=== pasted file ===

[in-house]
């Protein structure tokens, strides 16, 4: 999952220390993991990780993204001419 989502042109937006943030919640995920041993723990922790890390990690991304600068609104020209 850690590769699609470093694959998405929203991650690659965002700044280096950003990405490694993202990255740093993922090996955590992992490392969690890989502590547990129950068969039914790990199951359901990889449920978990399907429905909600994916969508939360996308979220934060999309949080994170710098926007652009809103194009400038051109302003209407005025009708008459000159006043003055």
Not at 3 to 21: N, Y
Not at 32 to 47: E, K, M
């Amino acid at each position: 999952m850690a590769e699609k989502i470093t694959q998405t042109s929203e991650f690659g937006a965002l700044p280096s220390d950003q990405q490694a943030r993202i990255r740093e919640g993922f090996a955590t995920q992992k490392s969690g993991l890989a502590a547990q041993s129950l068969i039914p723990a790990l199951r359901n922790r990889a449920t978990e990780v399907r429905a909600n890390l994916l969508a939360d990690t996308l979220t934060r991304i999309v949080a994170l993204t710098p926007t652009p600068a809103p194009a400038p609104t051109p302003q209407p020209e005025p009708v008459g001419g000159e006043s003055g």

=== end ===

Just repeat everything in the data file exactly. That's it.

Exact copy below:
[in-house]
């Protein structure tokens, strides 16, 4: 999952220390993991990780993204001419 989502042109937006943030919640995920041993723990922790890390990690991304600068609104020209 850690590769699609470093694959998405929203991650690659965002700044280096950003990405490694993202990255740093993922090996955590992992490392969690890989502590547990129950068969039914790990199951359901990889449920978990399907429905909600994916969508939360996308979220934060999309949080994170710098926007652009809103194009400038051109302003209407005025009708008459000159006043003055």
Not at 3 to 21: N, Y
Not at 32 to 47: E, K, M
């Amino acid at each position: 999952m850690a590769e699609k989502i470093t694959q998405t042109s929203e991650f690659g937006a965002l700044p280096s220390d950003q990405q490694a943030r993202i990255r740093e919640g993922f090996a955590t995920q992992k490392s969690g993991l890989a502590a547990q041993s129950l068969i039914p723990a790990l199951r359901n922790r990889a449920t978990e990780v399907r429905a909600n890390l994916l969508a939360d990690t996308l979220t934060r991304i999309v949080a994170l993204t710098p926007t652009p600068a809103p194009a400038p609104t051109p302003q209407p020209e005025p009708v008459g001419g000159e006043s003055g």